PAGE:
By Swapan Dasgupta
Among the many disastrous decisions Jawaharlal Nehru took in his 16-year stint as Prime Minister was the appointment of V.K. Krishna Menon as India's first High Commissioner in London. The wiry and irascible Menon had many things going for him. Sadly, these didn't include tact and diplomacy. A familiar figure in the radical circles of Britain who was on first name terms with most members of the post-War Labour Government, Menon could never make the transition from being the indefatigable campaigner for Indian independence to becoming a grand representative of the newly-born Indian state.
There were many tales of Menon's caustic tongue that used to do the rounds in his heydays. One we particularly relished centred on an unnamed Englishman who was very impressed by Menon's eloquence and oratory. "You speak such good English", the man complimented the High Commissioner with, perhaps, a touch of condescension. Menon's retort was characteristically acerbic: "You, Sir, picked up the language. I, Sir, learnt it."
In the first flush of Independence, when it was natural to demonstrate that civilised self-government was preferable to imperial paternalism, Indians were prone to exaggerated self-righteousness. They took offence when none was intended, and a sneering, preachy, West-baiting became the signature tune of foreign policy. Yet, far from building India's reputation as a self-confident nation, it painted an image of boorishness. Indian officials were perceived in Western capitals as having a monumental chip on their shoulders.
It's not that the West didn't have its own attitude problems. The baggage of old imperial stereotypes were carried over till the 1970s and reinforced by images of material deprivation. Mother Teresa became an iconic figure in the Christian world, not merely because of her good works among the destitute and dying of Calcutta, but she unwittingly bolstered the continuing relevance of a 'civilising mission'.
The Anglicised Indian elites were a special target of derision: everything from their carefully preserved Received Pronunciation (something the BBC now seem to have consciously eschewed), their partiality to Marks & Spencer underwear and fine china from the Harrods sale, and their bewildering attachment to cricket and P.G. Wodehouse were seen as evidence of uncaring venality by a new Britain that feigned classlessness. Last week's Guardian had an agonised article by Pankaj Mishra, a doughty class warrior, charging British Prime Minister David Cameron of tickling "the vanity of the Indian elite" and "severing of Britain's old links with India's great mass of ordinary people."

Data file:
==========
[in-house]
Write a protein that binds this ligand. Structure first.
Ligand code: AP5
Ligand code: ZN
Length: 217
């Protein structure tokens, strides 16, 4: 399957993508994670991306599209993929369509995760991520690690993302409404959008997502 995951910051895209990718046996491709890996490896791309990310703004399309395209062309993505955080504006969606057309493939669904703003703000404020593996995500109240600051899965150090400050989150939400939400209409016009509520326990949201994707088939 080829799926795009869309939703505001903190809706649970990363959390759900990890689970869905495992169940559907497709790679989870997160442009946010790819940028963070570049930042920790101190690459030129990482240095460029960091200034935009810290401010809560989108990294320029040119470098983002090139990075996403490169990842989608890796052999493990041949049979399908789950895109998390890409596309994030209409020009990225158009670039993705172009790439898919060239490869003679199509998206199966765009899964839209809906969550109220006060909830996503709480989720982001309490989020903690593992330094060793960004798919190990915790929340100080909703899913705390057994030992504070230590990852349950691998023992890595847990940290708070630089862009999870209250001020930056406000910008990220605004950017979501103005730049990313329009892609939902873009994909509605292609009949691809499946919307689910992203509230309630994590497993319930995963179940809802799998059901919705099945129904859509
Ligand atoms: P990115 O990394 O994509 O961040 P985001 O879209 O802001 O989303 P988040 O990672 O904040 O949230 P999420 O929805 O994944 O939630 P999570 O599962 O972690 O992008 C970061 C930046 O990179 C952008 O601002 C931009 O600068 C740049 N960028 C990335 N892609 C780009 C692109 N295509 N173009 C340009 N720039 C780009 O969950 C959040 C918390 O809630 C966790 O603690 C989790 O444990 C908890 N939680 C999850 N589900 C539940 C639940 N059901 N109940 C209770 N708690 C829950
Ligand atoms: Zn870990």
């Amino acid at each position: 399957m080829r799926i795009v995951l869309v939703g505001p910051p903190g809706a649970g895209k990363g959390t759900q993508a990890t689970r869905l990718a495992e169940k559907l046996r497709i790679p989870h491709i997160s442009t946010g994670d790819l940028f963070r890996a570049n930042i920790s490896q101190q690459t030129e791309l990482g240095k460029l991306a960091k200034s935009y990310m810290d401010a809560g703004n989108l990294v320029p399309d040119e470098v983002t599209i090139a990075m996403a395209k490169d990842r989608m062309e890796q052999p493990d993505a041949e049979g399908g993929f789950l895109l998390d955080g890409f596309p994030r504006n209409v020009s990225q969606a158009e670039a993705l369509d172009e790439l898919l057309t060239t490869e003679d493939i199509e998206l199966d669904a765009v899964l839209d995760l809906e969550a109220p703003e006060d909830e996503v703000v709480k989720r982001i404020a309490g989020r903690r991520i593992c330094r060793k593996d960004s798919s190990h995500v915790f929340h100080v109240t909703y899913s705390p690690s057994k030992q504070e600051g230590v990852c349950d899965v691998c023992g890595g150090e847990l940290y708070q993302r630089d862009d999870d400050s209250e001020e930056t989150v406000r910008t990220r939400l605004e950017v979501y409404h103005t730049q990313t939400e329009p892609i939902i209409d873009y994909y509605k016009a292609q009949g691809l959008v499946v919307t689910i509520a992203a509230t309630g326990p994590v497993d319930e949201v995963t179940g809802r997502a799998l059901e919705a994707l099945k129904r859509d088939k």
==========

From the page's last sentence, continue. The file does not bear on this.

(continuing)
The provocation was a proposal to slash the needless £250 million overseas aid to India on the ground that India is in a position to pay for its own development. Putting overpaid 'development consultants' out of work may be cruel but hard-headedness demands that Britain shifts tack from playing Good Samaritan to once again developing an appetite for business.
The extent to which self-purification gestures such as playing Avatar and creating a kerfuffle at the shareholders' meeting of Vedanta can be self-defeating was told to me at a convivial High Table dinner at an Oxford college last month. An Indian corporate had proposed to an Oxford college its interest in funding a professorial chair (an expensive proposition). In return it requested the college to organise a series of extra-mural lectures and workshops at a new campus in India. The proposal was fair and would have been operational. However, an Oxford don protested that the sponsor was being accused by jholawalas of unfair land acquisition in India which, naturally, made the deal non-kosher for an Oxford that has prospered on the bequest of Cecil Rhodes.
It is reassuring that when told of the state of play, the Indian corporate is believed to have told the college to take a flying leap.
Today, India is in a position to explore many alternatives. However, there aren't too many Indians who have the social confidence to put self-interest above false prestige. In trying to refashion an old relationship in a new idiom, Cameron tried to do just that last week. But a special relationship based on equality can't happen if one side idolises Menon and the other side sees in Mishra the authentic India.